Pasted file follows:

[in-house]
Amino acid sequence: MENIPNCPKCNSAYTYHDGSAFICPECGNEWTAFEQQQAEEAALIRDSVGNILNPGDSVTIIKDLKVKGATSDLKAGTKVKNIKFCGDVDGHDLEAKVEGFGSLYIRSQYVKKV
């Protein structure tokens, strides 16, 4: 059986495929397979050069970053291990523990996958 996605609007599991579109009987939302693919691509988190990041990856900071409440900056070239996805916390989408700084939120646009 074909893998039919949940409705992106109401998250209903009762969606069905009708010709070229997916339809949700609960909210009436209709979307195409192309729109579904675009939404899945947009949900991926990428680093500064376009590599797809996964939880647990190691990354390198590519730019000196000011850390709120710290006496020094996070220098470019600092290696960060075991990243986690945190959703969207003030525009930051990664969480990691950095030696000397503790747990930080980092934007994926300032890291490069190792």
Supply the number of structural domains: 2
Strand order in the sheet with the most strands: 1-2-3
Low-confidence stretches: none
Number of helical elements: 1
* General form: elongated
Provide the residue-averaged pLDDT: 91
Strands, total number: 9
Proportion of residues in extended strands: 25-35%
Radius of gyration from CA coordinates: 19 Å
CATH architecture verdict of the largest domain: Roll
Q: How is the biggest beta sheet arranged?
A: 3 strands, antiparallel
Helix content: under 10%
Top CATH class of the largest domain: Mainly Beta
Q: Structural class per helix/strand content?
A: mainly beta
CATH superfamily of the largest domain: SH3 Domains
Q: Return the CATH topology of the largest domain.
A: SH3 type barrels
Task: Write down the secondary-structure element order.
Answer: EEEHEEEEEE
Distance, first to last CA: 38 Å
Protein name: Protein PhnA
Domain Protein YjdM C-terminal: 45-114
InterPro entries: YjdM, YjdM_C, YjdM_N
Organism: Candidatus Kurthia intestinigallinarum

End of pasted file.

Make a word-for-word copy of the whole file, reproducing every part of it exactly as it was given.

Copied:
[in-house]
Amino acid sequence: MENIPNCPKCNSAYTYHDGSAFICPECGNEWTAFEQQQAEEAALIRDSVGNILNPGDSVTIIKDLKVKGATSDLKAGTKVKNIKFCGDVDGHDLEAKVEGFGSLYIRSQYVKKV
């Protein structure tokens, strides 16, 4: 059986495929397979050069970053291990523990996958 996605609007599991579109009987939302693919691509988190990041990856900071409440900056070239996805916390989408700084939120646009 074909893998039919949940409705992106109401998250209903009762969606069905009708010709070229997916339809949700609960909210009436209709979307195409192309729109579904675009939404899945947009949900991926990428680093500064376009590599797809996964939880647990190691990354390198590519730019000196000011850390709120710290006496020094996070220098470019600092290696960060075991990243986690945190959703969207003030525009930051990664969480990691950095030696000397503790747990930080980092934007994926300032890291490069190792």
Supply the number of structural domains: 2
Strand order in the sheet with the most strands: 1-2-3
Low-confidence stretches: none
Number of helical elements: 1
* General form: elongated
Provide the residue-averaged pLDDT: 91
Strands, total number: 9
Proportion of residues in extended strands: 25-35%
Radius of gyration from CA coordinates: 19 Å
CATH architecture verdict of the largest domain: Roll
Q: How is the biggest beta sheet arranged?
A: 3 strands, antiparallel
Helix content: under 10%
Top CATH class of the largest domain: Mainly Beta
Q: Structural class per helix/strand content?
A: mainly beta
CATH superfamily of the largest domain: SH3 Domains
Q: Return the CATH topology of the largest domain.
A: SH3 type barrels
Task: Write down the secondary-structure element order.
Answer: EEEHEEEEEE
Distance, first to last CA: 38 Å
Protein name: Protein PhnA
Domain Protein YjdM C-terminal: 45-114
InterPro entries: YjdM, YjdM_C, YjdM_N
Organism: Candidatus Kurthia intestinigallinarum